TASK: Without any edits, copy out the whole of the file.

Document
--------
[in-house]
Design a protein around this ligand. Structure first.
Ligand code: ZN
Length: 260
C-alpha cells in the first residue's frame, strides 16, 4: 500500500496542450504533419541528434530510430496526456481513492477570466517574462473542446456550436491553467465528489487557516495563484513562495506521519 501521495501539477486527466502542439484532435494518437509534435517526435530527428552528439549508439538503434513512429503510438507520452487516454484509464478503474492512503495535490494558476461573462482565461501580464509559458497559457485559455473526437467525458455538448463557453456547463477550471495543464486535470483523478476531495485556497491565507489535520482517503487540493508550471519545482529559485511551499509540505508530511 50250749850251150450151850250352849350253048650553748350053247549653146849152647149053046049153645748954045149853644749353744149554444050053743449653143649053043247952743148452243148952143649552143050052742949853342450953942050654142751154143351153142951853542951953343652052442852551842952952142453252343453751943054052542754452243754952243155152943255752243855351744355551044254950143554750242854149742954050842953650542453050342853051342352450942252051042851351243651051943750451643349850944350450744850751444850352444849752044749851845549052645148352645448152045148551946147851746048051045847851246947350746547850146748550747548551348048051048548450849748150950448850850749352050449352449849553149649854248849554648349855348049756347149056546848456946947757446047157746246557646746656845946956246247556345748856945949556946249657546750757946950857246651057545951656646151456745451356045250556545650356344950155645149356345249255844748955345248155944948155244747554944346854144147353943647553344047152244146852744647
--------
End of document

[in-house]
Design a protein around this ligand. Structure first.
Ligand code: ZN
Length: 260
C-alpha cells in the first residue's frame, strides 16, 4: 500500500496542450504533419541528434530510430496526456481513492477570466517574462473542446456550436491553467465528489487557516495563484513562495506521519 501521495501539477486527466502542439484532435494518437509534435517526435530527428552528439549508439538503434513512429503510438507520452487516454484509464478503474492512503495535490494558476461573462482565461501580464509559458497559457485559455473526437467525458455538448463557453456547463477550471495543464486535470483523478476531495485556497491565507489535520482517503487540493508550471519545482529559485511551499509540505508530511 50250749850251150450151850250352849350253048650553748350053247549653146849152647149053046049153645748954045149853644749353744149554444050053743449653143649053043247952743148452243148952143649552143050052742949853342450953942050654142751154143351153142951853542951953343652052442852551842952952142453252343453751943054052542754452243754952243155152943255752243855351744355551044254950143554750242854149742954050842953650542453050342853051342352450942252051042851351243651051943750451643349850944350450744850751444850352444849752044749851845549052645148352645448152045148551946147851746048051045847851246947350746547850146748550747548551348048051048548450849748150950448850850749352050449352449849553149649854248849554648349855348049756347149056546848456946947757446047157746246557646746656845946956246247556345748856945949556946249657546750757946950857246651057545951656646151456745451356045250556545650356344950155645149356345249255844748955345248155944948155244747554944346854144147353943647553344047152244146852744647